The Amazon Trip – Tobago and the Caribbean – Photos

Day 24 – 28 – The Caribbean

The Caribbean – the land of myths, of pirates, rum, slavery, sugar, plantations, wealth and poverty; the land of turquoise warm seas, beach holidays and too many rum punches; a series of islands thrown up by volcanic upheaval or accretion from where two tectonic plates clash; a set of islands fought over by the French and British; the land of Creole, Reggae, Steel Bands, Calypso, cricket and ganga.

Fortunately, we did not meet any pirates – never the pleasant characters of Hollywood – more a bunch of cruel, stinking, disease-ridden, scum who’d kill you as soon as look at you. Neither did we encounter any reggae, cricket, calypso or ganga. But we did find some steel bands, folk dance (of African origin) and some Creole! And we did get a good look around our four islands to see the landscape, people and wildlife, experience the sea, try the food and rum punch, and dig the vibe.


I was up with the sun, taking a tea on deck, enjoying the warm breeze as a pair of frigate birds piloted us into harbour. It looked cloudy and the land was low-lying and unspectacular.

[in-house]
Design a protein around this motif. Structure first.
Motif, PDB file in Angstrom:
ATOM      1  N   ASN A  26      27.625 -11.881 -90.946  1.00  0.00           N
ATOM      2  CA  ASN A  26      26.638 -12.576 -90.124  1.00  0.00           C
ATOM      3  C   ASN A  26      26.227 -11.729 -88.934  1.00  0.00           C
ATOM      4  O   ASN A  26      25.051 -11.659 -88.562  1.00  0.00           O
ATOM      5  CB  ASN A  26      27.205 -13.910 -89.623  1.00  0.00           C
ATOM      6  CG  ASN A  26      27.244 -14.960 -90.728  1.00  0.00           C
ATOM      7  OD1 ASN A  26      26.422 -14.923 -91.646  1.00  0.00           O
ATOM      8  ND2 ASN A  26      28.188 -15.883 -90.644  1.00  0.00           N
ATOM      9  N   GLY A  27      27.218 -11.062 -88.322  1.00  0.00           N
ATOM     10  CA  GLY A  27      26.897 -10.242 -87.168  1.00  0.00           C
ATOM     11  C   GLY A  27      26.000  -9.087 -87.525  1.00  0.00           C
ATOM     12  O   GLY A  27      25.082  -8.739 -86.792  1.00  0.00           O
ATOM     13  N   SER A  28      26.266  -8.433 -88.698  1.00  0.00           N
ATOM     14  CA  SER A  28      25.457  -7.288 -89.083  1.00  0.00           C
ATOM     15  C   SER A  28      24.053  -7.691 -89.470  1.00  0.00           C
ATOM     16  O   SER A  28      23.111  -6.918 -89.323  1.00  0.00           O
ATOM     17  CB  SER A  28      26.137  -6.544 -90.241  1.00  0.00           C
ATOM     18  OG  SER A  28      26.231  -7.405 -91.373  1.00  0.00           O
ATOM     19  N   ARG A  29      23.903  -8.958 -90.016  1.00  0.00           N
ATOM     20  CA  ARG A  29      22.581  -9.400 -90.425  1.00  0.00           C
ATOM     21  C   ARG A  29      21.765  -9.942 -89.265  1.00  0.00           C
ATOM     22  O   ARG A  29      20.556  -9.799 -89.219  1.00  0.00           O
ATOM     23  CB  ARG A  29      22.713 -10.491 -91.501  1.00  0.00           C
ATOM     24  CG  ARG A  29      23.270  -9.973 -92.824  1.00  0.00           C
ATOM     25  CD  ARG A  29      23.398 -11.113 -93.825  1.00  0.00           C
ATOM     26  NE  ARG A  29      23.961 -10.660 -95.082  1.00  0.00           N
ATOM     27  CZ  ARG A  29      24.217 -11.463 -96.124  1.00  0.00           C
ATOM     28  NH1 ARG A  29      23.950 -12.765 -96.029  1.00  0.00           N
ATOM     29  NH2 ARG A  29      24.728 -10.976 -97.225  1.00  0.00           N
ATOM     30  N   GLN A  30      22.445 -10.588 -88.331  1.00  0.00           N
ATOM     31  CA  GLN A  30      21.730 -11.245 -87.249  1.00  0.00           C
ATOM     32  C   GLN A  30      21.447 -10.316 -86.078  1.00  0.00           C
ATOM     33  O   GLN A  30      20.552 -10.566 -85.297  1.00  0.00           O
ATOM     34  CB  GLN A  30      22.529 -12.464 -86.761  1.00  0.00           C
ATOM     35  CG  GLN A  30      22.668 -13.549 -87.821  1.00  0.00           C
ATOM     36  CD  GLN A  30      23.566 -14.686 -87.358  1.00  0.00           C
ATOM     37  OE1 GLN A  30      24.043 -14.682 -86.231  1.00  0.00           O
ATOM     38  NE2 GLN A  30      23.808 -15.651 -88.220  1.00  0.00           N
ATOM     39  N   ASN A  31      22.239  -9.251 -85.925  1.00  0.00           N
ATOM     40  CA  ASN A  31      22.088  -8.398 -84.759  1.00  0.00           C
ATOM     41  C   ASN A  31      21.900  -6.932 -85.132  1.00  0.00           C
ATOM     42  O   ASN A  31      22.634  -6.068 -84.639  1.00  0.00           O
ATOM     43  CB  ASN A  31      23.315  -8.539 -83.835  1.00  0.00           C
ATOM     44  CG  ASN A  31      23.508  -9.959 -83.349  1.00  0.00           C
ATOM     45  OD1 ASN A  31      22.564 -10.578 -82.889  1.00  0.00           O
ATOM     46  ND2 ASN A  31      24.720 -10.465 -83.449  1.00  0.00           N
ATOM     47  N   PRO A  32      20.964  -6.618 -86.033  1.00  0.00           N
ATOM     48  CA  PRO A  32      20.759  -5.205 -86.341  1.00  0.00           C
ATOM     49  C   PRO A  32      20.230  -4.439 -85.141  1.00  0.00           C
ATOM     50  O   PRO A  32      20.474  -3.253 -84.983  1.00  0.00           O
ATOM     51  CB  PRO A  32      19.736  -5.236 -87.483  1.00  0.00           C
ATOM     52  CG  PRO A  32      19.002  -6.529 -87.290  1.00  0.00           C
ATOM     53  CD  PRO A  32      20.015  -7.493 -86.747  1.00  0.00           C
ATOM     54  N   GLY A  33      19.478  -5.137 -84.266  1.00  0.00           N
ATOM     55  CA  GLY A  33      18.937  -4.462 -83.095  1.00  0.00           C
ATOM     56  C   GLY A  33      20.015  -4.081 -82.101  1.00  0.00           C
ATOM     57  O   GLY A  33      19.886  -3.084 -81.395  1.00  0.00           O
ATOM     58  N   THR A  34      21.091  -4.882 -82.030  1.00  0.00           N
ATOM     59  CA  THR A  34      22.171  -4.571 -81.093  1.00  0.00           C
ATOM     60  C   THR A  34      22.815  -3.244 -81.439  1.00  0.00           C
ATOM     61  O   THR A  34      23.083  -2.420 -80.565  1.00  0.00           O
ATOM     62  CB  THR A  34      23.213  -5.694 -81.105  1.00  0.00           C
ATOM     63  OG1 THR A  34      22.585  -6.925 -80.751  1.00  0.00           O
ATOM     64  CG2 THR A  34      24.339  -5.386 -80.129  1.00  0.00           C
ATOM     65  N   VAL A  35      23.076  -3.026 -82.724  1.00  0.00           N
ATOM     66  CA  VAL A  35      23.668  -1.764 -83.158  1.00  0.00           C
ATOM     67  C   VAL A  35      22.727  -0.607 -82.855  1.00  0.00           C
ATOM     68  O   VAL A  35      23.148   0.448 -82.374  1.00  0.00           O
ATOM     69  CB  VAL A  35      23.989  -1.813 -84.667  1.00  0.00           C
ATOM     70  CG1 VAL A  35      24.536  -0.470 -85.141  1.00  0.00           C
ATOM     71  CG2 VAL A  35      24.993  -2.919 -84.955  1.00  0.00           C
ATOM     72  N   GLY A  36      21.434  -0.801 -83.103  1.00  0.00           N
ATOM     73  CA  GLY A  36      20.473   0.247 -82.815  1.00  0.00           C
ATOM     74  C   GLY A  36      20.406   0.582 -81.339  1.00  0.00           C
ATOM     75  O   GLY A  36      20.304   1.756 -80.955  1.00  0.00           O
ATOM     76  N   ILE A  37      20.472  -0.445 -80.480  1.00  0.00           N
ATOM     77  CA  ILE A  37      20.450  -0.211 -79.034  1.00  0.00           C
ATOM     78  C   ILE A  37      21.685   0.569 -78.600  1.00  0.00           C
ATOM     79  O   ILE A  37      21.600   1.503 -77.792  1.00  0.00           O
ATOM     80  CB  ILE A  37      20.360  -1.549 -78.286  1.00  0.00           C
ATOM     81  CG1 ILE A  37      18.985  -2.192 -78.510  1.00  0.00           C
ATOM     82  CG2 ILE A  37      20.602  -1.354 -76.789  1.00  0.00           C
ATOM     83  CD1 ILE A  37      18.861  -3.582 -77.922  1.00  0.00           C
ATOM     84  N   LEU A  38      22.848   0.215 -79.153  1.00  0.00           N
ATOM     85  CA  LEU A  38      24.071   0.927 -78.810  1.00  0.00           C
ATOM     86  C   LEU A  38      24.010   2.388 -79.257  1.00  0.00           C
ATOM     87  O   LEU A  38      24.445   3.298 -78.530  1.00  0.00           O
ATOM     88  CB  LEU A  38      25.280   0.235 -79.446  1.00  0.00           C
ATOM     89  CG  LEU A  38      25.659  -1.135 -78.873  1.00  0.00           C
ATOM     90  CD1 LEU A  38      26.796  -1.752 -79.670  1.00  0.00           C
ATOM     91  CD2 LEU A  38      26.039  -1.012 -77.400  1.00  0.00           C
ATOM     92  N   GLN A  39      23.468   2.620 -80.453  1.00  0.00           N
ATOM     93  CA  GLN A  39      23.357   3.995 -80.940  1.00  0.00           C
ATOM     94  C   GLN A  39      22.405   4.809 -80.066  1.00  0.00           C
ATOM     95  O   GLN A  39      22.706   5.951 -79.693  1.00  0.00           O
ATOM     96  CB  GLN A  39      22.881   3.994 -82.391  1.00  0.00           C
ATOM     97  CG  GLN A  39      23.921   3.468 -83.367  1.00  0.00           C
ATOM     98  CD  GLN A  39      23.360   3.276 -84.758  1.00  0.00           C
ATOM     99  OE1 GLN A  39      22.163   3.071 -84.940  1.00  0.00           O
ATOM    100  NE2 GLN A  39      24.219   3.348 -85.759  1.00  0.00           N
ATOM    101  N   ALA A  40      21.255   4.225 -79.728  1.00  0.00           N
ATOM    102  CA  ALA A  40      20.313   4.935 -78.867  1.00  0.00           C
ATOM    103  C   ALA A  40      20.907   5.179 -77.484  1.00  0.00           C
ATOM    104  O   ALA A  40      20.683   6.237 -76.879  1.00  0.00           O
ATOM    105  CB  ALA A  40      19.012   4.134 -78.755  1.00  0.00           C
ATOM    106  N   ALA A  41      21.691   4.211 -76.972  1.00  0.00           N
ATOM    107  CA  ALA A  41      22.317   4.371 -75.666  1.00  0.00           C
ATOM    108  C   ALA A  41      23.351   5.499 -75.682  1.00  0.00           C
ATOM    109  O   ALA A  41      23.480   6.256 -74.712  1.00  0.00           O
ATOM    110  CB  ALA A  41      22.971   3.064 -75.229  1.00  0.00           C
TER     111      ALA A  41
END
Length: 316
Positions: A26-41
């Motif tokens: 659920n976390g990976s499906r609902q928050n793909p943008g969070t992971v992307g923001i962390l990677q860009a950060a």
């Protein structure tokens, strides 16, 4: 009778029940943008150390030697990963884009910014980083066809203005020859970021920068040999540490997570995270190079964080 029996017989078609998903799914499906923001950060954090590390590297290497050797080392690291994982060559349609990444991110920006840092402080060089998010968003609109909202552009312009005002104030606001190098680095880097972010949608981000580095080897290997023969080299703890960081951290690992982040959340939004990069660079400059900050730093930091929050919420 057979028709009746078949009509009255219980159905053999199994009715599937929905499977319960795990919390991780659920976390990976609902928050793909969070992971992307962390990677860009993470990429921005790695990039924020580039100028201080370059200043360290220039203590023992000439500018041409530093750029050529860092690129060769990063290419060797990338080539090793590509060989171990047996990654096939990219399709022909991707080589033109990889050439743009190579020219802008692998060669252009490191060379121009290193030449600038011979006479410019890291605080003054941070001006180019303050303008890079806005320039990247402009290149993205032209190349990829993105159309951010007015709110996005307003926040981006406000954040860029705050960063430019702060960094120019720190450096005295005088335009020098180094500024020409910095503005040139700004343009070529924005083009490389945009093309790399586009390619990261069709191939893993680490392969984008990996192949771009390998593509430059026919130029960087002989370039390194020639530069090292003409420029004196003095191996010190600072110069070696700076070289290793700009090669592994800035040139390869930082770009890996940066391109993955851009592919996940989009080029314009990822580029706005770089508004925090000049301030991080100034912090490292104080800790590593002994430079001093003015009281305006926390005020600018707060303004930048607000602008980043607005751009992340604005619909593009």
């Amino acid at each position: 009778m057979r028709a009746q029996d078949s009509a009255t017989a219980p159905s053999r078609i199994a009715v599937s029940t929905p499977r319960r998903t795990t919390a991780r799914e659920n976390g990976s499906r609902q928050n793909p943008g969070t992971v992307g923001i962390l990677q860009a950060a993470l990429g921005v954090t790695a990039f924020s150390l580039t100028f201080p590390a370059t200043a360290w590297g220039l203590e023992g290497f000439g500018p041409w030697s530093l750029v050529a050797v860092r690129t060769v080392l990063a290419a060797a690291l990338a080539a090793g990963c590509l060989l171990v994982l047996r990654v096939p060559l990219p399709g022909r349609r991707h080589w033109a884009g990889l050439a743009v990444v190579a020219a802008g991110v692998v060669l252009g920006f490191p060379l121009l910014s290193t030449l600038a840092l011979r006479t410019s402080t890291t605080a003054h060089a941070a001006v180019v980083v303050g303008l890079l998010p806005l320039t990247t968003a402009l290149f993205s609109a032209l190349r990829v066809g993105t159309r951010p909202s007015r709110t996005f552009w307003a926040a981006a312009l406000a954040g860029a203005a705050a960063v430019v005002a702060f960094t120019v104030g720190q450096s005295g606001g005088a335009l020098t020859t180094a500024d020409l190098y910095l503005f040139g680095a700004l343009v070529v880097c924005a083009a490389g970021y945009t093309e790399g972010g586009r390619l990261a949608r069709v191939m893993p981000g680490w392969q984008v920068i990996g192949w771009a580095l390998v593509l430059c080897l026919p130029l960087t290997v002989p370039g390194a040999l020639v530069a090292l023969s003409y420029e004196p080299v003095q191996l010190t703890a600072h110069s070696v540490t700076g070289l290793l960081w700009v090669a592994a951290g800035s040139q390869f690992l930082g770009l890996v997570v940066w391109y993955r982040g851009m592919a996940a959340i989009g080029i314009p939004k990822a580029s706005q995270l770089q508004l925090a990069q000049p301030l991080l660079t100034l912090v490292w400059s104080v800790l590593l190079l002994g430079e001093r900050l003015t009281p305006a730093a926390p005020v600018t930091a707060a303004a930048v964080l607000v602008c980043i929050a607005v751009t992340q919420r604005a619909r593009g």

We were off for a day out in Scarborough like no other day trip to Scarborough we’d ever had.

Boarding a bus, we set off to discover the highlights.

That started well – the fort overlooking the bay was testimony to the bitter fighting that took place over the islands. There was much money to be made! Slaves and sugar! Much blood was spilled and fortunes made as the British aristocracy fought (using us) to get their share. The fort was now very picturesque with its gun emplacements, armoury and loads of cannons. There were massive trees adorned with epiphytes, flowers and a beautiful little crested bird.

After that it was a little downhill. Tobago does not have much in the way of splendid scenery or grand architecture. There is a lot of poverty with young men and women trying to sell trinkets, fruit or veg and looking rather despondent.

We saw the little wooden chattel houses, often gaily painted, that ordinary people lived in. There were more trees, some pelicans, a few other birds, some nice beaches, and that was in. We knew it was not going to be spectacular when the airport featured high up on the highlights.

Walking around in Scarborough in the searing heat felt a bit edgy with nowhere to go apart from the bars.

We were a little underwhelmed.

However, we did get to sample the rum punch, see some amazing folk dance and a fabulous steel drum band. One of the dances involved bashing great bamboo poles together while dancers bobbed or jumped in and out putting their heads and limbs at risk of serious crushing – made our Morris Dancing look a bit tame!

In the customs office there were some paintings of scenes from long ago. I could just imagine. They were a little romanticised!

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